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Grant Konvalinka & Harrison, P.C., congratulates David Higney – Environmental for his Best Lawyers® selection.
GKH environmental and litigation attorney David Higney is a panel leader for discussion regarding "Emerging Contaminants" .
Grant, Konvalinka & Harrison is proud to share the recognition by CHAMBERS USA of one of the firm members.
EPA proposes a new rule to redefine hazardous waste aerosol cans as “Universal Wastes,” a classification the agency believes can enhance recycling if it applies the lower standard to discarded aerosol cans.
In early January 2018, in case you were not aware, the U.S. Environmental Protection Agency (“EPA”) proposed the Southside Chattanooga Lead Site to be added to the Superfund Program’s National Priorities List (“NPL”). Superfund, as established by Congress in 1980, investigates and cleans up sites in the United States that have been contaminated by hazardous waste and identified by the EPA as a candidate for cleanup because the site poses a risk to human health and/or the environment. When a site is on the NPL, it undergoes a comprehensive evaluation to determine the nature and extent of contamination, an estimation of current and future risks, an analysis of cleanup alternatives, and the design and construction of the selected cleanup plan. Sites placed on the NPL are eligible to receive federal funding for long-term cleanup. EPA deletes sites from the NPL once all response actions are complete and all cleanup goals have been achieved.
As an update to my July 16, 2014 and January 20, 2015 articles, on January 20, 2015, the United States Supreme Court denied certiorari in Hobart on 1/20 (S.Ct. Case # 14-575;http://www.supremecourt.gov/orders/courtorders/012... at p.3). Thus, the 6thCircuit Court of Appeals ruling in Hobart relative to CERCLA contribution and cost-recovery governs.
The Sixth Circuit Court of Appeals ruled Wednesday (1/14), in LWD PRP Group v. Alcan Corp., et al., Case No. 14-5730, to resuscitate affirmative defense arguments against claims being made by a conglomeration of 58 settling corporations that had negotiated a Consent Decree with the United States EPA. The panel relied heavily on a decision six months ago in Hobart Corp., et al. v. Waste Management of Ohio, Nos. 3273/3276 (6th Cir.). Holding the settling parties' claims are time barred due to the expiration of the CERCLA statute of limitation for contribution claims, under the circumstances presented, the LWD PRP Group panel held the settlement's effective date is the appropriate triggering event when calculating the applicable statute of limitations. Rejecting the settling parties' arguments that the completion of a removal action should be the limitations period's trigger, the LWD PRP Group panel noted no distinction with Hobart and no power to reverse a precedential opinion of the Court. The opinion reverses the United States District Court (W.D. Ky.) that had denied defendants' motions to dismiss the settling-PRP group's contribution claims against hundreds of other companies, state agencies, municipalities and universities.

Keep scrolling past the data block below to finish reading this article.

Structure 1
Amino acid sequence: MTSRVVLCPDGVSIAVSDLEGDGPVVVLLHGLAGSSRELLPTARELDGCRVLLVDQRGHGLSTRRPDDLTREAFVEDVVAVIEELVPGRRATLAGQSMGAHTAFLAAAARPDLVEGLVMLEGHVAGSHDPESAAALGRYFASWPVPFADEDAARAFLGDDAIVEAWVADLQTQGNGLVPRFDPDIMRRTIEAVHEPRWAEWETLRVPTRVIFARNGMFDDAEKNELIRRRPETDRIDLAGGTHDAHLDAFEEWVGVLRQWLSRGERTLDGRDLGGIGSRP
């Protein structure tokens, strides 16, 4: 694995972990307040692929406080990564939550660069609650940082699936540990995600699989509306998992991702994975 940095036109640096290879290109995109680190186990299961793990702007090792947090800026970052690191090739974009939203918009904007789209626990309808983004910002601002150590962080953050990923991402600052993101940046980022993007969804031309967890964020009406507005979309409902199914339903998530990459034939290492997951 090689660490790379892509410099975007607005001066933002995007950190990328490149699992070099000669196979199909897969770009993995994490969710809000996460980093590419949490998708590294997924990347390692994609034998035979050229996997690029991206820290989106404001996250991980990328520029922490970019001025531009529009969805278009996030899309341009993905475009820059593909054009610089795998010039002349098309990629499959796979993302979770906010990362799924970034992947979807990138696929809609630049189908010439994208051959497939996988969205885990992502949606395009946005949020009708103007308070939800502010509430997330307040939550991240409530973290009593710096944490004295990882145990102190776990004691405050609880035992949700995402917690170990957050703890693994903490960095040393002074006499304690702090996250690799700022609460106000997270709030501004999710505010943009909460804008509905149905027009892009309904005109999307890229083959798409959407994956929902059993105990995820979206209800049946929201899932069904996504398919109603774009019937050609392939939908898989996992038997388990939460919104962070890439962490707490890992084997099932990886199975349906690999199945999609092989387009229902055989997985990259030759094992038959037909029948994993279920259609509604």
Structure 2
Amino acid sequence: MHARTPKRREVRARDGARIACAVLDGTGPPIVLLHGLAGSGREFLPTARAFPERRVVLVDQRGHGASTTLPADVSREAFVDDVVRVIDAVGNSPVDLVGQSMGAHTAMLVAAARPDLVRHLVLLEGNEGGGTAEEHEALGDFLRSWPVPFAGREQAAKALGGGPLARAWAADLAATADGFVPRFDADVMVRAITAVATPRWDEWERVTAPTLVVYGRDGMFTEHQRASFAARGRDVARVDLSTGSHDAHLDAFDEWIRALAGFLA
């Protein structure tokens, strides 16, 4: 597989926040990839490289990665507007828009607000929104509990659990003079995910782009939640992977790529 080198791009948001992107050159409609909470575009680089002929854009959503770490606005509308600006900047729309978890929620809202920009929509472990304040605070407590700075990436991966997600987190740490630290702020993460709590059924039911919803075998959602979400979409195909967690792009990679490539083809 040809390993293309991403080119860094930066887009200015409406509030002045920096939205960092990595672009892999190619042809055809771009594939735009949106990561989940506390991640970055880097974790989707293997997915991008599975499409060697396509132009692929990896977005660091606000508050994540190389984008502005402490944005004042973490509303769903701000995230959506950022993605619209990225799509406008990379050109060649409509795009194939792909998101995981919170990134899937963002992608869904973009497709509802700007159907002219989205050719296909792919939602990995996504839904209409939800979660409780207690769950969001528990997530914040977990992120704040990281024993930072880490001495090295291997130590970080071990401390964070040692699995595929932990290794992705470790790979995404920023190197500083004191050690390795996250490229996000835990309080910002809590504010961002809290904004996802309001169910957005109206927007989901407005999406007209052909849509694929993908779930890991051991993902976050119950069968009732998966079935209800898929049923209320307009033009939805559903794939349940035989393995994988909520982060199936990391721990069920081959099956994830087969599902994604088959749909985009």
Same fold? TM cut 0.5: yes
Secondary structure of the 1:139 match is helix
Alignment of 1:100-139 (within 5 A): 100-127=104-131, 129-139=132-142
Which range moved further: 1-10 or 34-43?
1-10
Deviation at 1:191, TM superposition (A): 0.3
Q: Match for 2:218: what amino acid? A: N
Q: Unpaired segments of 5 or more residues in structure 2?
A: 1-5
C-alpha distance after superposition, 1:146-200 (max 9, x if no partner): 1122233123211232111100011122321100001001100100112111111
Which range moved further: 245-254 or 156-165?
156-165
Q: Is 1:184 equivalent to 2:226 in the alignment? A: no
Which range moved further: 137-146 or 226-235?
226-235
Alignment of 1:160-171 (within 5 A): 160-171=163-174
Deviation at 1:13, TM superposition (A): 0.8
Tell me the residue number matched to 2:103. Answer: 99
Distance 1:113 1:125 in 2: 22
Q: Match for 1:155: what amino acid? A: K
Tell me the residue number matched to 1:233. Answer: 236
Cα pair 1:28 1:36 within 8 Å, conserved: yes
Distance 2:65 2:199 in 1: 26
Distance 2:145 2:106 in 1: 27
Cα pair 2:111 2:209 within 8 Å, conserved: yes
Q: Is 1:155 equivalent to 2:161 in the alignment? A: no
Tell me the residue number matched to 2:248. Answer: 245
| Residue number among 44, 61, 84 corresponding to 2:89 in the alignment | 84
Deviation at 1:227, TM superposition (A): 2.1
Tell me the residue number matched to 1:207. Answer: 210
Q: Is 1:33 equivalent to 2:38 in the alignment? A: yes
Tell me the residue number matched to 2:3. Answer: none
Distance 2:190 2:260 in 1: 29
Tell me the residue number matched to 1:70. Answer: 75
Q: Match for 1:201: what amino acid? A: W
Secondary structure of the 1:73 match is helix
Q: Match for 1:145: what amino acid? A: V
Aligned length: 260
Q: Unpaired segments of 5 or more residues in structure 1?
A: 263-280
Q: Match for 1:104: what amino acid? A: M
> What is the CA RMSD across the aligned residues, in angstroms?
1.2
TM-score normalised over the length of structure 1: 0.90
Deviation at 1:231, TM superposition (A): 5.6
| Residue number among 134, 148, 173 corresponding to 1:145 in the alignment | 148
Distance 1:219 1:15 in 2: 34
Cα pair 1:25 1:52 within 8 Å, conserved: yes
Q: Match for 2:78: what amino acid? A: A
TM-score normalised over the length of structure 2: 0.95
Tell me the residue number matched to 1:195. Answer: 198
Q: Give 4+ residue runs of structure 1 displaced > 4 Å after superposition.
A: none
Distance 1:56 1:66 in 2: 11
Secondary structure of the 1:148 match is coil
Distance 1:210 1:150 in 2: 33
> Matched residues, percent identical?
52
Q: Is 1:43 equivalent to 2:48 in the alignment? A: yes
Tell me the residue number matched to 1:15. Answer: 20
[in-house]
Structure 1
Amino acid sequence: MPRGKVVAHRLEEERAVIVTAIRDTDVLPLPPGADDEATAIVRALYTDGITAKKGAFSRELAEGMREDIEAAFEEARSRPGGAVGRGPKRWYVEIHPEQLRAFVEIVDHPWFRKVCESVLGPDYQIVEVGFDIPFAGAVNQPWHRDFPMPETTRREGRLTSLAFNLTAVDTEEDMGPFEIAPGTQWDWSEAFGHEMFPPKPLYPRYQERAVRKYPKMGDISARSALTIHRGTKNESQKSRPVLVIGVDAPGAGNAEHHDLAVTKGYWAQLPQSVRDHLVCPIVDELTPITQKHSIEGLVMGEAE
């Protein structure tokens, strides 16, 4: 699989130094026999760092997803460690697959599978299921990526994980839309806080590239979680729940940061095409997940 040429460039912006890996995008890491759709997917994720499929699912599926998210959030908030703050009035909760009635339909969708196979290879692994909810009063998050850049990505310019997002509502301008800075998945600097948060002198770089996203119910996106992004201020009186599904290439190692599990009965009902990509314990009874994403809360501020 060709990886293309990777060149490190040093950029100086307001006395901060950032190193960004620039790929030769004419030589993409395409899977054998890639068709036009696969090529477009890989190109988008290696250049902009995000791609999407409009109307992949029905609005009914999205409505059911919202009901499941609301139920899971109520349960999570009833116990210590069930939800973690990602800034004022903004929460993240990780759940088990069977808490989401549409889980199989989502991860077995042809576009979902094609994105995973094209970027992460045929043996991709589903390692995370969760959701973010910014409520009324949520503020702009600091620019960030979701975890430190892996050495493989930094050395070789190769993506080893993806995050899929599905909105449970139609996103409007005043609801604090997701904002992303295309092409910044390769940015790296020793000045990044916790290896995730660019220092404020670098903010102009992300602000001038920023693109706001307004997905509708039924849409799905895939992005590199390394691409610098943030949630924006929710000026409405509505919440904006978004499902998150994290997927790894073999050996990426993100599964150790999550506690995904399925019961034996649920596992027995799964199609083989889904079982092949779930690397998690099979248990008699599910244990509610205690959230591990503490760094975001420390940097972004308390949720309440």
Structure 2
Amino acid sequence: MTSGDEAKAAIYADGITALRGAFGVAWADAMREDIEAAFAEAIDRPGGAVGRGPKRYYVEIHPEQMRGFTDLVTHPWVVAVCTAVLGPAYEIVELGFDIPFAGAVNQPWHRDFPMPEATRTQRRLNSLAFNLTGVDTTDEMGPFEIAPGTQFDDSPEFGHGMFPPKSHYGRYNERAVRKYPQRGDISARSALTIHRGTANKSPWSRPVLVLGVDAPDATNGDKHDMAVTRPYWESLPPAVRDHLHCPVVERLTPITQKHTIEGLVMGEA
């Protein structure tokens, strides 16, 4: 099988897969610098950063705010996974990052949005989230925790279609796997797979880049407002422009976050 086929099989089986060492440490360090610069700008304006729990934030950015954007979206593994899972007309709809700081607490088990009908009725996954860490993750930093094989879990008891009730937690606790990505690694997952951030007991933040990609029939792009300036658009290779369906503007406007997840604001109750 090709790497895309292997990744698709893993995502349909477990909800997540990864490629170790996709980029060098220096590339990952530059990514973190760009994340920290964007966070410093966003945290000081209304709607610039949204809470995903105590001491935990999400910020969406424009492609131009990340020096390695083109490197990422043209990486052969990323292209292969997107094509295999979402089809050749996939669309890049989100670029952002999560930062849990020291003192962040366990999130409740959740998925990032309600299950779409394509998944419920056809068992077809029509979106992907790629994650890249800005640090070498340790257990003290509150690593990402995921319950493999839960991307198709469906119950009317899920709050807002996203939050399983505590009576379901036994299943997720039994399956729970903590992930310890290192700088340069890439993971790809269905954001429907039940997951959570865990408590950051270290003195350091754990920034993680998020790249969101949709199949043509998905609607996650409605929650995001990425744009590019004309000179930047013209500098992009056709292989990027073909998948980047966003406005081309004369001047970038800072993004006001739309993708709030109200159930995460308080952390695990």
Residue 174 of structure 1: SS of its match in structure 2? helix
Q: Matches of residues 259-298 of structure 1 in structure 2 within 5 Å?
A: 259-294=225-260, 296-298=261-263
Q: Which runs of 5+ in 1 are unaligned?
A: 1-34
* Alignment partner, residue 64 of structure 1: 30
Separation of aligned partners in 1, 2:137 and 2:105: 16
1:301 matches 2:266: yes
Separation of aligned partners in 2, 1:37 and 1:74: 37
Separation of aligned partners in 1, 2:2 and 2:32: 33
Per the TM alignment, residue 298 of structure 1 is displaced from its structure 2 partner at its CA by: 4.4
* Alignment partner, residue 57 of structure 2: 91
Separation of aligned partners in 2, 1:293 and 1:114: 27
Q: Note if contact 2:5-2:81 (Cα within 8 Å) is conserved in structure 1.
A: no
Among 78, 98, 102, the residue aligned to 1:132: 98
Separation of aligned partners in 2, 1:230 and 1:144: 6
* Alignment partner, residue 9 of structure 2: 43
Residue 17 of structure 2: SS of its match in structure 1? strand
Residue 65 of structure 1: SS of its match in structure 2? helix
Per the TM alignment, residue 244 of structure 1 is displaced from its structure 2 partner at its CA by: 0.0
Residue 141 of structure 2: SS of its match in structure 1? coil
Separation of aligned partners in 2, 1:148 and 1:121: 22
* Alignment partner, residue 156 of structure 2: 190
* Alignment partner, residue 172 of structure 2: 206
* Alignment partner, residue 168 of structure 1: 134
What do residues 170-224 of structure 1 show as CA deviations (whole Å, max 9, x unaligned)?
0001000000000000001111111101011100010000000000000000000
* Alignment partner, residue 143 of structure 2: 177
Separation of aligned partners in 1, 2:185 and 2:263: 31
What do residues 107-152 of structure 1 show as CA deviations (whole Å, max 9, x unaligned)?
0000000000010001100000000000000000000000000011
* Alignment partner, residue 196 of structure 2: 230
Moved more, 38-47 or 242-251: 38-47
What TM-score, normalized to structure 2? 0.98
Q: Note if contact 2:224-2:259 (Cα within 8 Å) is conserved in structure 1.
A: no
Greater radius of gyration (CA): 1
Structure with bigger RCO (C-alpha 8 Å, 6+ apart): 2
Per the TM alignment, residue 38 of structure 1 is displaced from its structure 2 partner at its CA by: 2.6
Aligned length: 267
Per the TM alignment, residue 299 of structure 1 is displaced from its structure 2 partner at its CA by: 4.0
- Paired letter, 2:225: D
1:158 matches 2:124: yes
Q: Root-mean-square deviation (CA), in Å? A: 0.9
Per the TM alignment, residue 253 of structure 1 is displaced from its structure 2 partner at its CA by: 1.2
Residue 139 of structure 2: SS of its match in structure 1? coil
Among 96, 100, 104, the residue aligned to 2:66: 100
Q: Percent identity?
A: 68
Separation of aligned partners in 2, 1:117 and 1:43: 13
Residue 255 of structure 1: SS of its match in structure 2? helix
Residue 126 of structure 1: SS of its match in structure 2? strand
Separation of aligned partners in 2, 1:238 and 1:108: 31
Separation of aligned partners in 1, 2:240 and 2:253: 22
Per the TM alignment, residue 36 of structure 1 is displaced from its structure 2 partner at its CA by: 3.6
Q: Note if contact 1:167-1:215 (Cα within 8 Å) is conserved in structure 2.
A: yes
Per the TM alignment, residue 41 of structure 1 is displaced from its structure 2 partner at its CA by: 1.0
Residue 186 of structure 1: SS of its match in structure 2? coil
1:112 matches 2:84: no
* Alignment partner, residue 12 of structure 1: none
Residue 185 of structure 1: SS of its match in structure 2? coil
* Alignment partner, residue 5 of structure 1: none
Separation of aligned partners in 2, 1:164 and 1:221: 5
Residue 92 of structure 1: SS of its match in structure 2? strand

The 6th Circuit Court of Appeals ruled Monday (7/14) in Hobart Corp. et al. v. Waste Management of Ohio (Case Nos. 13-3273/3276), in CERCLA, 42 USC §9601 et seq., cases where a potentially responsible party (PRP) has entered into an administrative settlement with the government, thus meeting a statutory trigger for filing a contribution action, the PRP can bring only a contribution action pursuant to CERCLA § 113(f)(3)(B) and cannot bring a CERCLA § 107(a)(4)(B) cost-recovery action. The appellate court's opinion is consistent with a position previously advanced by this law firm and Squire Sanders resulting in our client's Motion to Dismiss being granted on the issue. Tennessee v. Roane Holdings Ltd., 835F.Supp.2d 527, 538-541 (E.D. Tenn. 2011); 75 ERC (BNA) 1109 (CERCLA §113(f) constitutes third-party plaintiff's exclusive remedy such that its action and claims made pursuant to CERCLA §107 cannot be maintained). For more information about this development, or to discuss environmental matters and federal court litigation, please contact David Higney.
Chattanooga (October 25, 2012) -- Chattanooga attorney David Higney again is listed as one of the leading environmental law counselors by The International Who's Who of Environmental Lawyers 2012. In 2011, Mr. Higney was the only attorney not located in Nashville and one of only four environmental attorneys in Tennessee to be honored and, again in 2012, of the four Tennessee lawyers selected Mr. Higney is the only Tennessee environmental attorney selected outside of Nashville.
WASHINGTON - The U.S. Environmental Protection Agency (EPA), the Department of Justice, the Tennessee Department of Environment and Conservation and the Office of the Tennessee Attorney General announced today a comprehensive Clean Water Act settlement with the city of Chattanooga, Tenn. Chattanooga has agreed to pay a $476,400 civil penalty and make improvements to its sewer systems, estimated by the city at $250 million, to eliminate unauthorized overflows of untreated raw sewage. Chattanooga also has agreed to implement a green infrastructure plan and perform an $800,000 stream restoration project.
Grant Konvalinka & Harrison, P.C., serves clients in Tennessee cities such as Chattanooga, Cleveland, East Ridge, Red Bank, Jasper, Collegedale, Athens, Decatur, Altamont, McMinnville, Manchester, Dunlap, Winchester, Fayetteville, Soddy-Daisy, Etowah, Dayton, Charleston, Tullahoma, Fort Oglethorpe, Dalton, Chatsworth, Calhoun, Summerville, Lafayette, Ringgold, Chattanooga Valley, Chickamauga, Tunnel Hill and Trenton.
Counties: Hamilton County, Bradley County, McMinn County, Sequatchie County, Grundy County, Franklin County, Coffee County, Warren County, Dade County, Catoosa County.